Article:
RICHMOND — The two most powerful Republicans in Richmond criticized Gov. Terry McAuliffe on Tuesday for what they described as a hands-off governing style that is short on policy specifics.
The Democratic governor has not shifted gears from broad-brush campaign rhetoric to the nitty-gritty of governing, House Speaker William J. Howell (Stafford) and House Majority Leader M. Kirkland Cox (Colonial Heights) said in separate interviews as the 60-day General Assembly approached its halfway mark.
They contend that McAuliffe, while voicing such big-picture goals as Medicaid expansion and changes in school testing, mental health and ethics, has not proposed bills of his own or weighed in on measures pushed by others. McAuliffe staffers might attend committee meetings where individual bills are being considered, but when called on, they usually respond that the administration has no position on the legislation, Howell and Cox said.
“This is a new governing style,” Cox said. “I’ve never seen this before — where you just don’t see much of anything.”
Said Howell: “There’s been absolutely no input. I was just talking to my committee chairs about — ‘Has there been much interaction from the different agencies, executive branch agencies, on any of the legislation coming through?’ And there’s no one there [in committee meetings], or they’re there and don’t comment.”
McAuliffe spokesman Brian Coy disputed the notion that McAuliffe, who took office just under four weeks ago, was not deeply immersed in the nuts and bolts of legislation.
“Governor McAuliffe and members of his team have been in constant contact with Speaker Howell, Leader Cox and a bipartisan group of legislators on a range of bills and issues that are important to Virginia families, including SOL [school testing] reform, transportation and closing the coverage gap to insure more Virginians,” Coy said in an e-mail. “If the Speaker and the General Assembly are struggling with how best to approach any additional issues, there have been ample opportunities to seek the Governor’s counsel over the phone, at meetings or at nightly bipartisan receptions at the Executive Mansion.”
Del. Thomas A. Greason (R-Loudoun), who has led his party’s effort in the House to change standardized school tests, said he has worked closely with McAuliffe’s Education Secretary, Anne Holton, on that subject. But he said the administration has only reacted to the GOP proposals, not put forth any “proactive details” of its own.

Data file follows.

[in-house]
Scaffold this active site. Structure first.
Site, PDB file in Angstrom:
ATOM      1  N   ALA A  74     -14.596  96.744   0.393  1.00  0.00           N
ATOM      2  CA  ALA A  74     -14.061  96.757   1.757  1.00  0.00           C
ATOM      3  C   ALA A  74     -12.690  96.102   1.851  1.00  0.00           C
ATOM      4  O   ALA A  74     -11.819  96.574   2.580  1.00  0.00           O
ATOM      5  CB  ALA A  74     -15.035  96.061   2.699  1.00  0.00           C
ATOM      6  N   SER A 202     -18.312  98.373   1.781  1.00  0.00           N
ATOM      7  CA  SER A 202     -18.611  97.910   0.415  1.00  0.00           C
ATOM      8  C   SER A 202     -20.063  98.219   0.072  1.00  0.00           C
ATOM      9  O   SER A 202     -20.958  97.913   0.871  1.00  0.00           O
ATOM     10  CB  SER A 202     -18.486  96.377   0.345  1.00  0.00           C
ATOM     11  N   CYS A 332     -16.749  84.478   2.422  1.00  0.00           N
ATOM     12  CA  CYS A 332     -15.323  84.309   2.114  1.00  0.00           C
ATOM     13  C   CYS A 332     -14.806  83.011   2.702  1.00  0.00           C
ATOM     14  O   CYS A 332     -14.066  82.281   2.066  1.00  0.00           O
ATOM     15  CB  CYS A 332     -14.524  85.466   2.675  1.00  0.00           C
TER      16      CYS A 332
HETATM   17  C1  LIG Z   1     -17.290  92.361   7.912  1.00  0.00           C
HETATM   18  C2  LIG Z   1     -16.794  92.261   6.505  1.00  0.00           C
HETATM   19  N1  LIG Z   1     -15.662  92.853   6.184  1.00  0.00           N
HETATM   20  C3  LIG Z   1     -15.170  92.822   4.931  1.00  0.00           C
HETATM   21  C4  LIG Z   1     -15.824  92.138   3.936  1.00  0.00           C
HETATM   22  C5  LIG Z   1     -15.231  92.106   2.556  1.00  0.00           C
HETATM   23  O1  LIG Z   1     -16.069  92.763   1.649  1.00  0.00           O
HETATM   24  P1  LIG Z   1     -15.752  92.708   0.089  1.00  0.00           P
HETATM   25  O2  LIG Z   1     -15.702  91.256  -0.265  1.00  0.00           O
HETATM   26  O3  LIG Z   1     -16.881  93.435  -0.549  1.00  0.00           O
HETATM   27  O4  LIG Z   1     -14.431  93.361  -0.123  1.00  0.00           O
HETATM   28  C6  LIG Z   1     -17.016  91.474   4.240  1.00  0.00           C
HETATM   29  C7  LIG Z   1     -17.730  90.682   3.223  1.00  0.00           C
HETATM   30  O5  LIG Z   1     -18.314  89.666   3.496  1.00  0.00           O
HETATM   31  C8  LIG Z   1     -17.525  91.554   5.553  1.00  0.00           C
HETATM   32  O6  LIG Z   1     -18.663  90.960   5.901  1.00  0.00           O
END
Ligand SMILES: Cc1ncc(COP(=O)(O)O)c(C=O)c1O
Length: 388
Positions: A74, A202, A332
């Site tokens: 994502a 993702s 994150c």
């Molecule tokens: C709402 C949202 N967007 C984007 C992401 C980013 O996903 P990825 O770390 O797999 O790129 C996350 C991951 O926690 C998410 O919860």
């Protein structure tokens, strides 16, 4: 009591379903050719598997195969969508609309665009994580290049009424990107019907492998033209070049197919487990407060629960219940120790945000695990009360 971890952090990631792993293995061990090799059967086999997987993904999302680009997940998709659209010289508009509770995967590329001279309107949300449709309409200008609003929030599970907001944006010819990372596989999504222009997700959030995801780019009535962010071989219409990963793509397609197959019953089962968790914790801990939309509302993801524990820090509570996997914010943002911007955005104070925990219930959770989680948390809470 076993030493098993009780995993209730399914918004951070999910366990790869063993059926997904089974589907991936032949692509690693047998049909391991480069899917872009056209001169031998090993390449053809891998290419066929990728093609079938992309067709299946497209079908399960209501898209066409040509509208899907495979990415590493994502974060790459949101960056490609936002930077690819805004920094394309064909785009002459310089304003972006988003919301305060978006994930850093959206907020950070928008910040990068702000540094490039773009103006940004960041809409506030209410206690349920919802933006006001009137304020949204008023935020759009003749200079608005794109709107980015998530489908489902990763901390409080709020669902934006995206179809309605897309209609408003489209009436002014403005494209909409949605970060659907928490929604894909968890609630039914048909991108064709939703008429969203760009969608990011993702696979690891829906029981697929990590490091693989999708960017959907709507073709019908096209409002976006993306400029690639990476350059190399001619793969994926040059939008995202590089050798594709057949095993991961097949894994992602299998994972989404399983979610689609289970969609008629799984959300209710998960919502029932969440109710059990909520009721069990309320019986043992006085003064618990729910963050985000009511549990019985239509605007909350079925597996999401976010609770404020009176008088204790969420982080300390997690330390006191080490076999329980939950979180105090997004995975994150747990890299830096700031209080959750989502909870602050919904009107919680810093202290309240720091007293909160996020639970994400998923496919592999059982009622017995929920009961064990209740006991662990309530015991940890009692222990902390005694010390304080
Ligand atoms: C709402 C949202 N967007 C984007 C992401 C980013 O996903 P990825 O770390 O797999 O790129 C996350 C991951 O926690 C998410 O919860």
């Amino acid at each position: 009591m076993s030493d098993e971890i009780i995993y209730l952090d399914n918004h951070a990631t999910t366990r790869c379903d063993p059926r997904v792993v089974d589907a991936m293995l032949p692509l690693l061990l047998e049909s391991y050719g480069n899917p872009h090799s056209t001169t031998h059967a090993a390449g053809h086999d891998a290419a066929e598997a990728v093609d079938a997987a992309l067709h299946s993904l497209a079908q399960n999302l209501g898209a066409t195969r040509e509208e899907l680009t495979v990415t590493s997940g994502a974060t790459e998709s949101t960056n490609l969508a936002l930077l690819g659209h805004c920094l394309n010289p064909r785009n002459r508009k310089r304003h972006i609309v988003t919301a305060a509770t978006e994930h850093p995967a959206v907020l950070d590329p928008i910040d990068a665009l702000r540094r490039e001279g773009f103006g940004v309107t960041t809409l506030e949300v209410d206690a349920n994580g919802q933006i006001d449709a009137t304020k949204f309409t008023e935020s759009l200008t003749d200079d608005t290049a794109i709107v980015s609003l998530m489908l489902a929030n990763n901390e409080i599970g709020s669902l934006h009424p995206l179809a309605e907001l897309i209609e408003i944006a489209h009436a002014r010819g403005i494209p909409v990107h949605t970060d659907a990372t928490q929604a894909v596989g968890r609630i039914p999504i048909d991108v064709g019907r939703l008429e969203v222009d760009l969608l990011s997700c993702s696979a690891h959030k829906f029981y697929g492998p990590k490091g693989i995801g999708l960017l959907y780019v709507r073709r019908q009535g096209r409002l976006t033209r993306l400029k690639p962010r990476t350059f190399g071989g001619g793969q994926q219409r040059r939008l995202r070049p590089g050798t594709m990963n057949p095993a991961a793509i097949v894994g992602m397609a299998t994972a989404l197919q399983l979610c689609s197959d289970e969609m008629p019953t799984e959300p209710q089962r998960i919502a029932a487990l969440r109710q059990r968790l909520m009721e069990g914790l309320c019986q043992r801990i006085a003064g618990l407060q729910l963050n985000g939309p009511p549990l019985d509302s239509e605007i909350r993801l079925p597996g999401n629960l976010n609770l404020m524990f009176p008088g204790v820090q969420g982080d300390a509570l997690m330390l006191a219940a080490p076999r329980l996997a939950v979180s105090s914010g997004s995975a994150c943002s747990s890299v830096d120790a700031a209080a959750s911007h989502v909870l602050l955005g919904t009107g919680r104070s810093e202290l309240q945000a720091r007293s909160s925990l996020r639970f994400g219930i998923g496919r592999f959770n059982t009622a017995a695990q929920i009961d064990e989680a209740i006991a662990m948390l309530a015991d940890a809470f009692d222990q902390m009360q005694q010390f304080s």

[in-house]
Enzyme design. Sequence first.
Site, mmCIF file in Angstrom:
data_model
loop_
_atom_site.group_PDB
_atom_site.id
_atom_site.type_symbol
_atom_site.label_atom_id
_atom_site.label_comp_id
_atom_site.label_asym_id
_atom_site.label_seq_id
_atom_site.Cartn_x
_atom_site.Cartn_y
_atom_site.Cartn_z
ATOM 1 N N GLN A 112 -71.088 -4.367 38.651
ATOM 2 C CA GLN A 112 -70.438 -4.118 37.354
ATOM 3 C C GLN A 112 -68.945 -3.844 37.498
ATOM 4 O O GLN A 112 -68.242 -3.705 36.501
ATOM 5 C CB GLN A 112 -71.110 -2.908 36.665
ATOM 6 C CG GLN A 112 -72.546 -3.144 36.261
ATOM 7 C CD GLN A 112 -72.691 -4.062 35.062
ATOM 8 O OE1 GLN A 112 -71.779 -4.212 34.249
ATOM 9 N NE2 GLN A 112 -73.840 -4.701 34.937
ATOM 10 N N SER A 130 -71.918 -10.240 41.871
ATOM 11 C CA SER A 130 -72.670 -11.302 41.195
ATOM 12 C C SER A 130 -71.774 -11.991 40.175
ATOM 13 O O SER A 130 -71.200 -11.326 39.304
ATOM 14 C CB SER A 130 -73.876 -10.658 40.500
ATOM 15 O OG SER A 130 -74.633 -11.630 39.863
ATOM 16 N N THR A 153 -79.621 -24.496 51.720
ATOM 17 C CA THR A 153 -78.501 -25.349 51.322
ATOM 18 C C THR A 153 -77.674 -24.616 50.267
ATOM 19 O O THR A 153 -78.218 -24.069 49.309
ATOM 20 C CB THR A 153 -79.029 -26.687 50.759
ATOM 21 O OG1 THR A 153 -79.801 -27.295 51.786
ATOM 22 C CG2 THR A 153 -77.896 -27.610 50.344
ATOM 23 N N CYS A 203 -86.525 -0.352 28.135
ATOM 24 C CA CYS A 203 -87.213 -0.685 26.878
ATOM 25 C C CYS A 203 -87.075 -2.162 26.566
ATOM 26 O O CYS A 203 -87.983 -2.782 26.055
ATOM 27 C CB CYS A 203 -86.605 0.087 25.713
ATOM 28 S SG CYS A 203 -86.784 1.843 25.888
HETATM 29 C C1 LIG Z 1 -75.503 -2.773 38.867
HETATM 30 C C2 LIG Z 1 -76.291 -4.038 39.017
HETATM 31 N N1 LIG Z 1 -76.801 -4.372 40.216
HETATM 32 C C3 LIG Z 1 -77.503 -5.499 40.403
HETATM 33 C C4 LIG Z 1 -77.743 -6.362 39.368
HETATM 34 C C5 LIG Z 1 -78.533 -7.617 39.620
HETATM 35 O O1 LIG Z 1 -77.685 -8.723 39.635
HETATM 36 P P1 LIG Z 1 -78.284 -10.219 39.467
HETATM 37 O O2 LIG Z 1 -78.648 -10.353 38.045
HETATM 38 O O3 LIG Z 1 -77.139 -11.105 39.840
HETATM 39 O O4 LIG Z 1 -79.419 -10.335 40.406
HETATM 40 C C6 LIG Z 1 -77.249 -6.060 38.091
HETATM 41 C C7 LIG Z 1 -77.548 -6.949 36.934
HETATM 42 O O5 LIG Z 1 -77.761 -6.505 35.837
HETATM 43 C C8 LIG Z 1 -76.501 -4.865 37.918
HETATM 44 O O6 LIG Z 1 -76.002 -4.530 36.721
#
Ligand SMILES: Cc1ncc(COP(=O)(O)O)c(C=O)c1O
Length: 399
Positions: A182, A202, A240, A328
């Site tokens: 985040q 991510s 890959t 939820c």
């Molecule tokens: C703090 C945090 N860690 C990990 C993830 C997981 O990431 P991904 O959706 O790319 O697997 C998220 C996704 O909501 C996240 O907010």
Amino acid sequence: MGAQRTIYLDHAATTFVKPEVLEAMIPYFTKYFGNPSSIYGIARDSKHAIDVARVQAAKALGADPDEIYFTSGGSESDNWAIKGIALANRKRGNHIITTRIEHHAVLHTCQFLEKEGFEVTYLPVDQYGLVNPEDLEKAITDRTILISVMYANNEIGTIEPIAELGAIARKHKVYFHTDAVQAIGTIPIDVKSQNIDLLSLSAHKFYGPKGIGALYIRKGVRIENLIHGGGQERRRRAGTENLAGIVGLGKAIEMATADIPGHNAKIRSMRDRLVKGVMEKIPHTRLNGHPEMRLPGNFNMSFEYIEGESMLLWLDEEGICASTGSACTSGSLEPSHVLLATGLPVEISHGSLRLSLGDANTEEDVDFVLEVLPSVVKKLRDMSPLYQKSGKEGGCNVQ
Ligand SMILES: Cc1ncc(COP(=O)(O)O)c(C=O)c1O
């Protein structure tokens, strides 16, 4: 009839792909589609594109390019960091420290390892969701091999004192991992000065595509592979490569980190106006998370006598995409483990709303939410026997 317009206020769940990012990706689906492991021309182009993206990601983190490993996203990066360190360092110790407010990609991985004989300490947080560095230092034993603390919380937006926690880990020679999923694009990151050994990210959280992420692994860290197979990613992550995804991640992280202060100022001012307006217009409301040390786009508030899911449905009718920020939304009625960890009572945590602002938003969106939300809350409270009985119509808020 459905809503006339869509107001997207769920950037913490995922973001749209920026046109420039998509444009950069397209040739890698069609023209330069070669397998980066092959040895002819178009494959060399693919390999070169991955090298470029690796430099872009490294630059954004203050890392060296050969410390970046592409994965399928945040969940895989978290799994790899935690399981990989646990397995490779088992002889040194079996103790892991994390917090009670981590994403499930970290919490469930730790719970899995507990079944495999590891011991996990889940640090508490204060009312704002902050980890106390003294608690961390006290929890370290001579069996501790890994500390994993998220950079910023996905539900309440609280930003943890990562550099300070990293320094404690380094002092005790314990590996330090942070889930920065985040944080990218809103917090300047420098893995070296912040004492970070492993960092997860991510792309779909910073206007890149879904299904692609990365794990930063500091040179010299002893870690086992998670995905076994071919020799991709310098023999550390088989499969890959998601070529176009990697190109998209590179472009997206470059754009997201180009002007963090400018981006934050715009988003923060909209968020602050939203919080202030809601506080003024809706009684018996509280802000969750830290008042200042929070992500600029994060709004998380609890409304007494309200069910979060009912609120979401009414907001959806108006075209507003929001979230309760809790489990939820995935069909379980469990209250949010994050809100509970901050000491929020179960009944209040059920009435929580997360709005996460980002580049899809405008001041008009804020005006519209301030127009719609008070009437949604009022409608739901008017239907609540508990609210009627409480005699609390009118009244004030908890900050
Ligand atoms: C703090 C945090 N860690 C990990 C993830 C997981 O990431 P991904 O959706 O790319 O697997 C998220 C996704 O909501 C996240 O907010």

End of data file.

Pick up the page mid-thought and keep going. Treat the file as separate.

“I’ve really enjoyed my relationship with Anne Holton,” he said. “I don’t expect her to walk into a meeting and say, ‘Oh, thanks, Delegate Greason, but here’s my ideas.’ I’ve been working on this issue 10 months. The secretary was appointed three weeks ago.”
He said that in other areas — he serves on education and housing committees, among others — he has noticed a lack of engagement.
“We’re just not seeing that involvement from the administration,” he said, noting that it has not weighed in on a plan to put $4 million in a housing trust fund. “Even in education — virtual schools — we’re just not getting a lot there.”
Republicans make these criticisms at a time when they are trying to shake the “party of ‘no’ ” image that the recent federal shutdown helped saddle them with. Last summer, Howell assembled work groups so that no matter who won the governor’s office, the GOP would be ready with detailed legislative proposals on a range of issues: transportation, ethics, mental health reform, K-12 education and others.
McAuliffe has voiced support for the main thrust of many of those initiatives, but Howell and Cox contend that he has remained vague on the details.
Sen. A. Donald McEachin (D-Henrico) said that the governor is merely acting in a spirit of bipartisanship.
“He’s not here to say, ‘It’s my way or the highway,’ ” McEachin said. “He wants to see if we can find common ground on that.”
Del. Mark D. Sickles (D-Fairfax) said it is “unreasonable to think he would have a full-fledged legislative package dropped in in the first month he’s here.”